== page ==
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Voltaire (1694-1778) - pseudonym of François-Marie Arouet

French writer, satirist, the embodiment of the 18th-century Enlightenment, remembered as a crusader against tyranny and bigotry, a friend of Frederick II of Prussia and Catherina the Great of Russia. Voltaire represented anti-romanticism, wise skepticism, sober classicism; he did not believe in the solution of the great metaphysical problems and his religiosity was anticlerical. But compared to Rousseau's (1712-1778) rebelliousness, Voltaire was deeply rooted in the middle-class values. Voltaire disliked his great competing figure of literature and philosophy, but their ideas influenced deeply the French Revolution. In 1761 he wrote to Rousseau: "One feels like crawling on all fours after reading your work."

"Liberty of thought is the life of the soul." (from Essay on Epic Poetry, 1727)

François-Marie Arouet de Voltaire was born in Paris into a middle-class family. His father was a minor treasury official. Voltaire was educated by the Jesuits at the Collège Louis-le-Grand (1704-11). From 1711 to 1713 he studied law and then worked as a secretary to the French ambassador in Holland before devoting himself entirely to writing. Voltaire suffered from poor health, his essays did not gain the approval of authorities, but he energetically attacked the government and the Catholic church, which caused him numerous imprisonments and exiles.

In 1716 Voltaire was arrested and exiled from Paris for five months. From 1717 to 1718 he was imprisoned in the Bastille for lampoons of the Regency. During this time he wrote the tragedy ŒDIPE, and started to use the name Voltaire. The play brought him fame but also more enemies at court. With lucky speculation in the Compagnie des Indes he gained wealth in 1726.

At his 1726 stay at the Bastille Voltaire was visited by a flow of admirers. Between 1726 and 1729 he lived in exile mainly in England. There he avoided trouble for three years and wrote in English his first essays, ESSAY UPON EPIC POETRY and ESSAY UPON THE CIVIL WARS IN FRANCE, which were published in 1727. After his return to France Voltaire wrote plays, poetry, historical and scientific treatises and became royal historiographer. HISTOIRE DE CHARLES XII (1731) used novelistic technique and rejected the idea that divine intervention guides history. In 1734 appeared his Philosophical Letters in which he compared the French system of government with the system he had seen in England. Voltaire stated that he had perceived fewer barriers between occupations in England than in his own country. The book was banned, and Voltaire was forced to flee Paris, but the English edition became a British bestseller.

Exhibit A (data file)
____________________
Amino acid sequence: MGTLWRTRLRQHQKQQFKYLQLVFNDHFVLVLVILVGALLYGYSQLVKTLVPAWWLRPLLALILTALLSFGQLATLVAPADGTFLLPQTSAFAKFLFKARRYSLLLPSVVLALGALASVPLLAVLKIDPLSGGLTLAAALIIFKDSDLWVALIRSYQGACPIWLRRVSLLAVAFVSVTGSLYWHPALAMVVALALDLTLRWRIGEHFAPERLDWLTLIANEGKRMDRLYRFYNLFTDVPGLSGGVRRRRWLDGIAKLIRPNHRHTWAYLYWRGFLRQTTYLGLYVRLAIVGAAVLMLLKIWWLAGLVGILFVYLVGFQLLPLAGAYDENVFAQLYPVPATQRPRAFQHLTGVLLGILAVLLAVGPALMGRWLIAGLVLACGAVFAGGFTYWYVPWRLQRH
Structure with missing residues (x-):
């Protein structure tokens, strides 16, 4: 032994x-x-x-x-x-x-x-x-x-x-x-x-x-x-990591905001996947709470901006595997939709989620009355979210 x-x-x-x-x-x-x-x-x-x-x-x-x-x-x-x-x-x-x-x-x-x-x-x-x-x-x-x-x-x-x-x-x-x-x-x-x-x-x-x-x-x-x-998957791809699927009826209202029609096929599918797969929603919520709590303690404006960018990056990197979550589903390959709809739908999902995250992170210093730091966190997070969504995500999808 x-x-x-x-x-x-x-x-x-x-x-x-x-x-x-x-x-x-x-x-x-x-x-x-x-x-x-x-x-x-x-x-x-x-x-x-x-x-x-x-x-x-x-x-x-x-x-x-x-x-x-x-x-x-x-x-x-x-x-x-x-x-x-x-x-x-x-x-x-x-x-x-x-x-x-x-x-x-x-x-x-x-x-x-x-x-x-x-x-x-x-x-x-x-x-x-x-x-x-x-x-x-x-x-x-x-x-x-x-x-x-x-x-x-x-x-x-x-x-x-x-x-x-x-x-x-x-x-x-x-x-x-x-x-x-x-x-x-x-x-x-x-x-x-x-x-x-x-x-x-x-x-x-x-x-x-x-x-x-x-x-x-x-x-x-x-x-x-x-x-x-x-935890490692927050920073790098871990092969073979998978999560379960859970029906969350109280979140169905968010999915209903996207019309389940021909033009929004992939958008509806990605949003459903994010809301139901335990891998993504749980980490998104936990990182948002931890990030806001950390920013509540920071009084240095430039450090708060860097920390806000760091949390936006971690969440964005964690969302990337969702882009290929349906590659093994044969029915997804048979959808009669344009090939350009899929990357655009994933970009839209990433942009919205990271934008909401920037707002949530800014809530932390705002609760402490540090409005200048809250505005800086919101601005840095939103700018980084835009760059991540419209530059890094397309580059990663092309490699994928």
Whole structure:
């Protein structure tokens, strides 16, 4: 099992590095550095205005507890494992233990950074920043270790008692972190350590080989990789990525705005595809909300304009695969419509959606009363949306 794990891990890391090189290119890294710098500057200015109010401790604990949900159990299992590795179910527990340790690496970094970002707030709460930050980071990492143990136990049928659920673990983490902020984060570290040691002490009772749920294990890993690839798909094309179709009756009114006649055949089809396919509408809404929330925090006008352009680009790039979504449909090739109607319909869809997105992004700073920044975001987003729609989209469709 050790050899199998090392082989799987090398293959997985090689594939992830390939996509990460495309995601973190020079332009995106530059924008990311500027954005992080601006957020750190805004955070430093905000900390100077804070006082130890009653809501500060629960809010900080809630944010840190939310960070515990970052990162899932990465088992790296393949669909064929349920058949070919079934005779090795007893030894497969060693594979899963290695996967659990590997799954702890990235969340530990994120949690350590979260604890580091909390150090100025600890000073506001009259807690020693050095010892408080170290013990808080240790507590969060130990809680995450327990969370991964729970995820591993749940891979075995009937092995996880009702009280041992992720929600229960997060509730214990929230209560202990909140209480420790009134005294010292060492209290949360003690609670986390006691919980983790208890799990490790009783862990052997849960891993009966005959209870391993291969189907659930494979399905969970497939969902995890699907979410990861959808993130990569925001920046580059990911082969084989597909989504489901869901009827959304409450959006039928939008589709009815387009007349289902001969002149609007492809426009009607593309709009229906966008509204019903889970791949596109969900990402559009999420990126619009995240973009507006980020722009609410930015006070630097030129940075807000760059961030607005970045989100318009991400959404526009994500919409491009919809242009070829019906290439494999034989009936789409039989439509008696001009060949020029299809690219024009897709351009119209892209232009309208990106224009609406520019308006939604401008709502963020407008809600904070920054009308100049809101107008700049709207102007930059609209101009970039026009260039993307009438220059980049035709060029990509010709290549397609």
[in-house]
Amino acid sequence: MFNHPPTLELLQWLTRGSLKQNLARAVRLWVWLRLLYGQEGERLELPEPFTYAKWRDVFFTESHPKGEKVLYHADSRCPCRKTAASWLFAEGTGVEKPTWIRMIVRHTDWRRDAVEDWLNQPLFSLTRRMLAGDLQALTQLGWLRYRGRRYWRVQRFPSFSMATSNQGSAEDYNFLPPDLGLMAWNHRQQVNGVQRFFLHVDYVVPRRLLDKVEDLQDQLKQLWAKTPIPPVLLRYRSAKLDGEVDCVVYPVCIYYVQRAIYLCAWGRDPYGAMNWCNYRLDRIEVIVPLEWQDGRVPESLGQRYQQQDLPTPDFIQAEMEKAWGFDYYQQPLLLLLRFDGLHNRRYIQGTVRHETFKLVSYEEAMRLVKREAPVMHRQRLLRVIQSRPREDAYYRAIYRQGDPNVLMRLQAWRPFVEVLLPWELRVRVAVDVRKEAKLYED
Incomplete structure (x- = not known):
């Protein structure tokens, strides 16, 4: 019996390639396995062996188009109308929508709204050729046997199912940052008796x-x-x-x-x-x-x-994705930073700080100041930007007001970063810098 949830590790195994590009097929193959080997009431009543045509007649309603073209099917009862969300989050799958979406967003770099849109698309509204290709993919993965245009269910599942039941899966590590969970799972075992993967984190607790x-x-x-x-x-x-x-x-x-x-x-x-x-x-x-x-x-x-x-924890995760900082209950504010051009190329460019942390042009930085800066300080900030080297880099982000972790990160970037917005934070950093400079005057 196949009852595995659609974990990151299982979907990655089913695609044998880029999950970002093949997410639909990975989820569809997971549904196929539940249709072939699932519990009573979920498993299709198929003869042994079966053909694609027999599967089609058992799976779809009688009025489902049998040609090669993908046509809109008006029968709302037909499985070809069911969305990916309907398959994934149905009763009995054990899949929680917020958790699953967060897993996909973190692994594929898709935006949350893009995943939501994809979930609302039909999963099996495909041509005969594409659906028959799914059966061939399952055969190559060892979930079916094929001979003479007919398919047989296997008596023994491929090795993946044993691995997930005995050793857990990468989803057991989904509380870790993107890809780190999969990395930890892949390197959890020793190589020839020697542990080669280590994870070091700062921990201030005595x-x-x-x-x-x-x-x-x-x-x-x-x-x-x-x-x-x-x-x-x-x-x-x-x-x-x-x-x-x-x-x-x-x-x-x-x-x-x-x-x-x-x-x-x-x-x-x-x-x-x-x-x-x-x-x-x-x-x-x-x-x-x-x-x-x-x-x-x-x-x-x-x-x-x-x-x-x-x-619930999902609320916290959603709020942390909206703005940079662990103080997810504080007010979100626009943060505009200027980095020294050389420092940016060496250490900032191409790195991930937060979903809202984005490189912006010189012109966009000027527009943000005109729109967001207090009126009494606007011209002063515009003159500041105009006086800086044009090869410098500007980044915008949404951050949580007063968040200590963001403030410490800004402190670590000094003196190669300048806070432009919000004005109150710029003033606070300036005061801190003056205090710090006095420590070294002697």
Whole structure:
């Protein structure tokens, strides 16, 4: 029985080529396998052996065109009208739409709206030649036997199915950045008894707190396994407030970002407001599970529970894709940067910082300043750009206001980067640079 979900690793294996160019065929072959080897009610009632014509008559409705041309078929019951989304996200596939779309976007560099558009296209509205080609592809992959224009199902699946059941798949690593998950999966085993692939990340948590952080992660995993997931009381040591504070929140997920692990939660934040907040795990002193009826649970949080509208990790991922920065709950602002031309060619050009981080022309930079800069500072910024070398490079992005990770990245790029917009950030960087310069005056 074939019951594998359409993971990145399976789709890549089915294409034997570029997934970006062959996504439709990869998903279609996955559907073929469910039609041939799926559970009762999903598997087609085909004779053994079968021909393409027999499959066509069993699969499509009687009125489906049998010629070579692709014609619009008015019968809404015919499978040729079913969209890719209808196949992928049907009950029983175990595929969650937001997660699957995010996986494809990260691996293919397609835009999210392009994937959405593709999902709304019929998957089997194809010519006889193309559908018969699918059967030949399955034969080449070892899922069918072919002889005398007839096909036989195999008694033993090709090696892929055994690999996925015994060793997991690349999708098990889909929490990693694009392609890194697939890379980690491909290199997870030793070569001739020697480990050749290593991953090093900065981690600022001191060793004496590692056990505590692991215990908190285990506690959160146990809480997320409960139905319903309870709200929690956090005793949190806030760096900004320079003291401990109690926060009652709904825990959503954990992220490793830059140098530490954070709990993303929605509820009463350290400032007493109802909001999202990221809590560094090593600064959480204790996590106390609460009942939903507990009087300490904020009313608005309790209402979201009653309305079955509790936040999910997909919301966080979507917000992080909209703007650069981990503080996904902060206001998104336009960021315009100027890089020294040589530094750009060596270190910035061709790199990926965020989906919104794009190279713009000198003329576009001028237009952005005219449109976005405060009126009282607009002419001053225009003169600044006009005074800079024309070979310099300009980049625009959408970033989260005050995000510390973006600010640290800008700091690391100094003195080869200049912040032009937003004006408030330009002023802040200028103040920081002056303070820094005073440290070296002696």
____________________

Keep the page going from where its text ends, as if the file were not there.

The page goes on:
"In general, the art of government consists in taking as much money as possible from one class of citizens to give to the other." (from Dictionnaire Philosophique, 1764)

Voltare lived at the Château de Cirey with madame du Châtelet in 1734-36 and 1737-40. Between the years he took a refuge in Holland (1736-37). In 1740 he was an ambassador-spy in Prussia, then in Brussels (1742-43) and in 1748 he was at the court of King Stanislas in Lunéville. From 1745 to 1750 he was a historiographer to Louis XV and in 1746 he was elected to the French Academy. In 1750 Voltaire moved to Berlin, where he was invited by Fredrick the Great.

In 1755 Voltaire settled in Switzerland, where he lived the rest of his life, apart from trips to France. He had his own château, Les Delices, outside Geneva, and later at nearby Ferney, in France. Anybody of note, from Boswell to Casanova, wanted to visit the place; Voltaire's conversations with visitors were recorded and published and he was flattered by kings and nobility. In his late years Voltaire produced several anti-religious writing and led campaign to open up a trial, in which the Huguenot merchant Jean Calas was found guilty of murdering his eldest son and executed. The parliament at Paris declared afterwards in 1765 Calas and all his family innocent. - (SEE ALSO writer Emile Zola who defended falsely accused Alfred Dreyfus in his open letter J'accuse in 1898.)